Case Report  |   February 2017
Ruptured Primary Omental Pregnancy Mimicking Adnexal Implantation
Author Notes
  • From the Department of Obstetrics and Gynecology (Drs D. Martingano, Bogdanov, F.X. Martingano, and Shahem) and the Department of Surgery (Dr Rybitskiy) at NYU Lutheran Medical Center in Brooklyn, New York. 
  •  *Address correspondence to Daniel Martingano, DO, NYU Lutheran Medical Center, 150 55th St, Brooklyn, NY 11220-2508. E-mail: daniel.martingano@nyumc.org
     
Article Information
Obstetrics and Gynecology
Case Report   |   February 2017
Ruptured Primary Omental Pregnancy Mimicking Adnexal Implantation
The Journal of the American Osteopathic Association, February 2017, Vol. 117, 128-132. doi:10.7556/jaoa.2017.024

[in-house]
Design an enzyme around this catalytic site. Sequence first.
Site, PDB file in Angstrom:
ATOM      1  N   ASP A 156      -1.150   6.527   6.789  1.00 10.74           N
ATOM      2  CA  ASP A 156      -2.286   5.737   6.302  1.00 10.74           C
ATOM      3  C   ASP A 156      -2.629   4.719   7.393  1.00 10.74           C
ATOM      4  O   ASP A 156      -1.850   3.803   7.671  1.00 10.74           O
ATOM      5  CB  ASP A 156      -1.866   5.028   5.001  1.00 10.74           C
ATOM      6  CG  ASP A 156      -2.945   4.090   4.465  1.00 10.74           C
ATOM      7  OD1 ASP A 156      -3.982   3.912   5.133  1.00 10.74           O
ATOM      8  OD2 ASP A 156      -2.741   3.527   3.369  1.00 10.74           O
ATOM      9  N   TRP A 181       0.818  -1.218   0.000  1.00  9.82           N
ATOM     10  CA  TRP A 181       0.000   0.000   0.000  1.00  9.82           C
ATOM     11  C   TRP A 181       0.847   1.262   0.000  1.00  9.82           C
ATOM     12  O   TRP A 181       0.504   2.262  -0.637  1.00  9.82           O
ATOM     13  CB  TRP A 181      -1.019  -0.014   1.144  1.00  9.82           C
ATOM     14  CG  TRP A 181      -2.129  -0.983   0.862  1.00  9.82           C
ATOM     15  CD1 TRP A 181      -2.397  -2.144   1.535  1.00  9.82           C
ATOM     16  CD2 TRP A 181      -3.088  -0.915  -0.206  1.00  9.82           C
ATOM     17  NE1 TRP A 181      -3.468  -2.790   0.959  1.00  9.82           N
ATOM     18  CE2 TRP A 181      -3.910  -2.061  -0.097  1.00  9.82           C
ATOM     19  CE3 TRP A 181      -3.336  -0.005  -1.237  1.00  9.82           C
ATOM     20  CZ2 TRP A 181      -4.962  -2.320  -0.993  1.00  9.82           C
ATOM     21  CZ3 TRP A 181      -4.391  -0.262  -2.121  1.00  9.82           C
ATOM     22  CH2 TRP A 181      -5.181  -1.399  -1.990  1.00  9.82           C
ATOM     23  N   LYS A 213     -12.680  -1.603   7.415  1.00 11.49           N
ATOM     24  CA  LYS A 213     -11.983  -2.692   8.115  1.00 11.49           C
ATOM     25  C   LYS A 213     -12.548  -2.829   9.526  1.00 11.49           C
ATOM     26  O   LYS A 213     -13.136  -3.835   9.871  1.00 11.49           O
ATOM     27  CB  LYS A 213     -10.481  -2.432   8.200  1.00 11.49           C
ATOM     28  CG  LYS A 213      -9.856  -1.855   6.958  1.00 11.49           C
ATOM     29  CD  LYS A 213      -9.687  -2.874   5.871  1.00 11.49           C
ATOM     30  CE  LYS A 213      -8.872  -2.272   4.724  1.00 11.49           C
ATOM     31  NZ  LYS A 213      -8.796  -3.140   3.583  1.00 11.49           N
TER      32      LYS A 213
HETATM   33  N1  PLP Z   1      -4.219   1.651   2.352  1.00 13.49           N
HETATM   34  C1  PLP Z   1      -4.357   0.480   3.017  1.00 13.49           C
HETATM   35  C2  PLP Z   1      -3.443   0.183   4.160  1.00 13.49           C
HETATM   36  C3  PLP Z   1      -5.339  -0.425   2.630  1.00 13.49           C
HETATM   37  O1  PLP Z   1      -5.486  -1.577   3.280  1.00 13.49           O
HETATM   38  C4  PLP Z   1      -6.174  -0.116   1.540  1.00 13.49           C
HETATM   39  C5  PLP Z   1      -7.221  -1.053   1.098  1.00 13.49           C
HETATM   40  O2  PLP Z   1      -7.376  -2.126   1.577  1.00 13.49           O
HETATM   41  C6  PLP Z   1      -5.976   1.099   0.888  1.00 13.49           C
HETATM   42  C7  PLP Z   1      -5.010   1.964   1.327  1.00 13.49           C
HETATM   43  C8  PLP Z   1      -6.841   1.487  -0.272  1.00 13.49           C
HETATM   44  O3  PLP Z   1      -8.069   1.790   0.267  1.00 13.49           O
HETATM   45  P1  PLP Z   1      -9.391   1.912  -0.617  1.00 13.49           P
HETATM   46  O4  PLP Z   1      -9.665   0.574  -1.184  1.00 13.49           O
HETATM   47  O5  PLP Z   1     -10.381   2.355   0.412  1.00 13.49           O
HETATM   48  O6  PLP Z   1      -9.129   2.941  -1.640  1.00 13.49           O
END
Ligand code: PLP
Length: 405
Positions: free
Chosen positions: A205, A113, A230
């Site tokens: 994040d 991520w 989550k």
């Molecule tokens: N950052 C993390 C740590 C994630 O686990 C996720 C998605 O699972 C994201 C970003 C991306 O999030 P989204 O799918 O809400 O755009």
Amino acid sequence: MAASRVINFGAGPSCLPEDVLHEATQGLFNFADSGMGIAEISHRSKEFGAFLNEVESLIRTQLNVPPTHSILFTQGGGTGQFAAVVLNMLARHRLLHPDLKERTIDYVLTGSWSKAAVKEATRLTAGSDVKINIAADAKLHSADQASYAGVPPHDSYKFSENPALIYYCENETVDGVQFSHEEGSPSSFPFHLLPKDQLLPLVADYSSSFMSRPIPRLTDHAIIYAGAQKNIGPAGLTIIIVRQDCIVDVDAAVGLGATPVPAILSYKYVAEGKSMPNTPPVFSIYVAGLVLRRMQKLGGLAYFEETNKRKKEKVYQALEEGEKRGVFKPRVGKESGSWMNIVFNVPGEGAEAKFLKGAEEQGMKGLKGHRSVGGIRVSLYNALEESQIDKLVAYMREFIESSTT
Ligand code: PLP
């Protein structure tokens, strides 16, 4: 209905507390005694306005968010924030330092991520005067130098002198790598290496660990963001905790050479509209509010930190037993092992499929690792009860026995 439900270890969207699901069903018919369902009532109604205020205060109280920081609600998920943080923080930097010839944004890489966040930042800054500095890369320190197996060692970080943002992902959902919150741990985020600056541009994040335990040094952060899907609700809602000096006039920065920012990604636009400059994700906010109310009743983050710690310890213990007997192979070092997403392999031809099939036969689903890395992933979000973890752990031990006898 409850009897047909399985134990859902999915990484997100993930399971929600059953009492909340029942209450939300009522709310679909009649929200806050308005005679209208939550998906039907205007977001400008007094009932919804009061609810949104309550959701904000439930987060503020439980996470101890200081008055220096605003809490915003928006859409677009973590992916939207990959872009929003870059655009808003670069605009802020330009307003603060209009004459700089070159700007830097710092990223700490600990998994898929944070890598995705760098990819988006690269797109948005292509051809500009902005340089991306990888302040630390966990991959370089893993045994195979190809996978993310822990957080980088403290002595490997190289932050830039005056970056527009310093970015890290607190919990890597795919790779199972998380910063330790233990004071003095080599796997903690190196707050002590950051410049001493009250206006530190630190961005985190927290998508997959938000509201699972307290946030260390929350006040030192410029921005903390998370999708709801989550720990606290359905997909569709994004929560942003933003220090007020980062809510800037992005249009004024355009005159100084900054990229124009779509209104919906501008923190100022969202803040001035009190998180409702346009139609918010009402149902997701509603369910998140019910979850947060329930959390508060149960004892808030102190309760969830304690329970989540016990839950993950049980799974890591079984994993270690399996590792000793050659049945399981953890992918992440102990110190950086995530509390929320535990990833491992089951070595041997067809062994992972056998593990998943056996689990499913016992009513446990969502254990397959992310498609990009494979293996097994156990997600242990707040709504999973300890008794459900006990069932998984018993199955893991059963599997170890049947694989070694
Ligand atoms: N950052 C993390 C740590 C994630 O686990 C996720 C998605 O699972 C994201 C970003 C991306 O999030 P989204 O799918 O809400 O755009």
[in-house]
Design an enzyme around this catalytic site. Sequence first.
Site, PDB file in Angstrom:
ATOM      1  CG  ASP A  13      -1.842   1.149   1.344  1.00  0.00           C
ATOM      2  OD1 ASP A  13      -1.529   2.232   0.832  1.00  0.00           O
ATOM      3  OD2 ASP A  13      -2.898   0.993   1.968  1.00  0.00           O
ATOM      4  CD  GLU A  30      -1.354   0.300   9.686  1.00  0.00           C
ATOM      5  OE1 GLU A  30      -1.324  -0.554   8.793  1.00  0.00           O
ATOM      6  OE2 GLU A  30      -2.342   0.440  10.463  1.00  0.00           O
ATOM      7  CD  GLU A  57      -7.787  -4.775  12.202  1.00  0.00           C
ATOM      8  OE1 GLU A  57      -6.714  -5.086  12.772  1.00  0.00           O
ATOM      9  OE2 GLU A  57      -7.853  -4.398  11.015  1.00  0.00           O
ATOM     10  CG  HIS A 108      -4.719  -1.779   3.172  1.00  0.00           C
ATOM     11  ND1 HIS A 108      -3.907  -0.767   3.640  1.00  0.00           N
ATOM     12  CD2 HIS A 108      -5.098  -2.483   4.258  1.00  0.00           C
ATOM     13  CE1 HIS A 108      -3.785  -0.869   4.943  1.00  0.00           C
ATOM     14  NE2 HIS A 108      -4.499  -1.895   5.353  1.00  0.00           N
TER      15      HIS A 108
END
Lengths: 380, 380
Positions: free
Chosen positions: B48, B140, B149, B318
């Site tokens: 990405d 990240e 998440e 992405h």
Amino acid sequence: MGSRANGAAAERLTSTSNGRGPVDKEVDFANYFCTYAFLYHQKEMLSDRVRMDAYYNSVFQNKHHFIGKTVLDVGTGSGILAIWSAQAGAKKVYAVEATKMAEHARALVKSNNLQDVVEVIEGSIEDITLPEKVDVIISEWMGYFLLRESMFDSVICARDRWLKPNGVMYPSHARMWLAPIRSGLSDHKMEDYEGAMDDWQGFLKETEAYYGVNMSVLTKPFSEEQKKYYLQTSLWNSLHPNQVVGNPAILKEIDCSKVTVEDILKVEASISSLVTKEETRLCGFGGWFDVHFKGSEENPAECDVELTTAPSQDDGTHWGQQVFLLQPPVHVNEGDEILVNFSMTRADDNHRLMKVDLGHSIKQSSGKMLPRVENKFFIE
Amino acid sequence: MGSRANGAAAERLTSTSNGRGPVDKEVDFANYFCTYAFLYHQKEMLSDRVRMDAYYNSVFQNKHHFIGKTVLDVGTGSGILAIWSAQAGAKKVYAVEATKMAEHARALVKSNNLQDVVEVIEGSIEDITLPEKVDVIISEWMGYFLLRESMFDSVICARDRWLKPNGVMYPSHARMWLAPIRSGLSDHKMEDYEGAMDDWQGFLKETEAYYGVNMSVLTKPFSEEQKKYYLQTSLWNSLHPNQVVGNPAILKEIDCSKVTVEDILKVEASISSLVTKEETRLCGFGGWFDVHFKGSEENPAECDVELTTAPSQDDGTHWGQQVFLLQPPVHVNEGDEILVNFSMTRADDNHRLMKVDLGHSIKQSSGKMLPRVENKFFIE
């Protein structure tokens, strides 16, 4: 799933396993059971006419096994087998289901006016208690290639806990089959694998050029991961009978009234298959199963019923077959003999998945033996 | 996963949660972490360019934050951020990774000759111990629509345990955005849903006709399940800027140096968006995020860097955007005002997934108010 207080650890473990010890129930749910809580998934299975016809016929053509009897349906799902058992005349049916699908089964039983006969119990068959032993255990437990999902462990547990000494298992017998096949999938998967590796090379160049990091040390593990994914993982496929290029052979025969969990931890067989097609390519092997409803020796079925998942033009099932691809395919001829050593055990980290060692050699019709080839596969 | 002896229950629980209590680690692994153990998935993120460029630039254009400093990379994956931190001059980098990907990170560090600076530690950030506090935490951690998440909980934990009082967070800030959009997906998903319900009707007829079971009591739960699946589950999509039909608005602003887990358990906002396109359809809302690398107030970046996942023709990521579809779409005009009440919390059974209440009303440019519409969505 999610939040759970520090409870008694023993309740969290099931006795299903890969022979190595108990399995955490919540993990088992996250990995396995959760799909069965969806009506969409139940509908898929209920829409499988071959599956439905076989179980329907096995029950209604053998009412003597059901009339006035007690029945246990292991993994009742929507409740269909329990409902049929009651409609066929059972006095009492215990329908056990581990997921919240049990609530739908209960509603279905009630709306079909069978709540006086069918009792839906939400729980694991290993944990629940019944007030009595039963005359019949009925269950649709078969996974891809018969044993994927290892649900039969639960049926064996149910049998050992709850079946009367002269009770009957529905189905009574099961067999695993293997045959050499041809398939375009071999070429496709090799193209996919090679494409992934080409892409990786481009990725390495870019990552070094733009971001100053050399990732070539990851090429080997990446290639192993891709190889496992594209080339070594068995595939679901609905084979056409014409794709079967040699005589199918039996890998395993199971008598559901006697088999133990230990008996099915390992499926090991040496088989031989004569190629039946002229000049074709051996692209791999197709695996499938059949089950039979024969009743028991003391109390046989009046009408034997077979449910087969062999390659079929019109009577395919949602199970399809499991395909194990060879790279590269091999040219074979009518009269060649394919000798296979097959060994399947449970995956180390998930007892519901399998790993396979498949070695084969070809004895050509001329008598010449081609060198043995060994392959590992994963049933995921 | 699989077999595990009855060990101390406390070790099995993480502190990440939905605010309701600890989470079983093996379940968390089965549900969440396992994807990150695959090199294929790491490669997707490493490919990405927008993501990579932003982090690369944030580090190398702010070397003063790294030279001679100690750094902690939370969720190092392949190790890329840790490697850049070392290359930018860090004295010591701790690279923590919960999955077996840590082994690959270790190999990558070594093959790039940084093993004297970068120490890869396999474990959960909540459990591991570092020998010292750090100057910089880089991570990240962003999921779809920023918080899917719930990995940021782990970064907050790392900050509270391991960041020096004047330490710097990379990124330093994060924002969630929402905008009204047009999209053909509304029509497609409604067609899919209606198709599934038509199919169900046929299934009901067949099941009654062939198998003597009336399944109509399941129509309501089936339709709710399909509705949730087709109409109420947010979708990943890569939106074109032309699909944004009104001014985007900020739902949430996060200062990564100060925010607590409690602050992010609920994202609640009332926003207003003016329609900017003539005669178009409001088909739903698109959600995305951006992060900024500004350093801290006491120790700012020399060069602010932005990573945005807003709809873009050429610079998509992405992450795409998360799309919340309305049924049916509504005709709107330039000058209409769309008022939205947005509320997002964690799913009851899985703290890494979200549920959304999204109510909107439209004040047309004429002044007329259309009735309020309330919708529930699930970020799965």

The Journal of the American Osteopathic Association, February 2017, Vol. 117, 128-132. doi:10.7556/jaoa.2017.024
Web of Science® Times Cited: 1
Abstract

Ectopic pregnancies occur when the implantation of a fertilized ovum occurs outside of the endometrial cavity. The majority of ectopic pregnancies encountered in clinical practice are located within the fallopian tube. Abdominal pregnancies represent 1% of all ectopic pregnancies. Primary omental pregnancy, in which the extrauterine site of implantation is the greater omentum, is the least common form of abdominal pregnancy. The rarity of an ectopic pregnancy in the omentum and the absence of clinical symptoms often delays diagnosis and proper identification before rupture. The authors describe the case of a 23-year-old woman who had hemoperitoneum from a ruptured omental ectopic pregnancy that mimicked adnexal implantation. Her omental pregnancy was diagnosed through intraoperative exploration and osteopathic structural examination findings.

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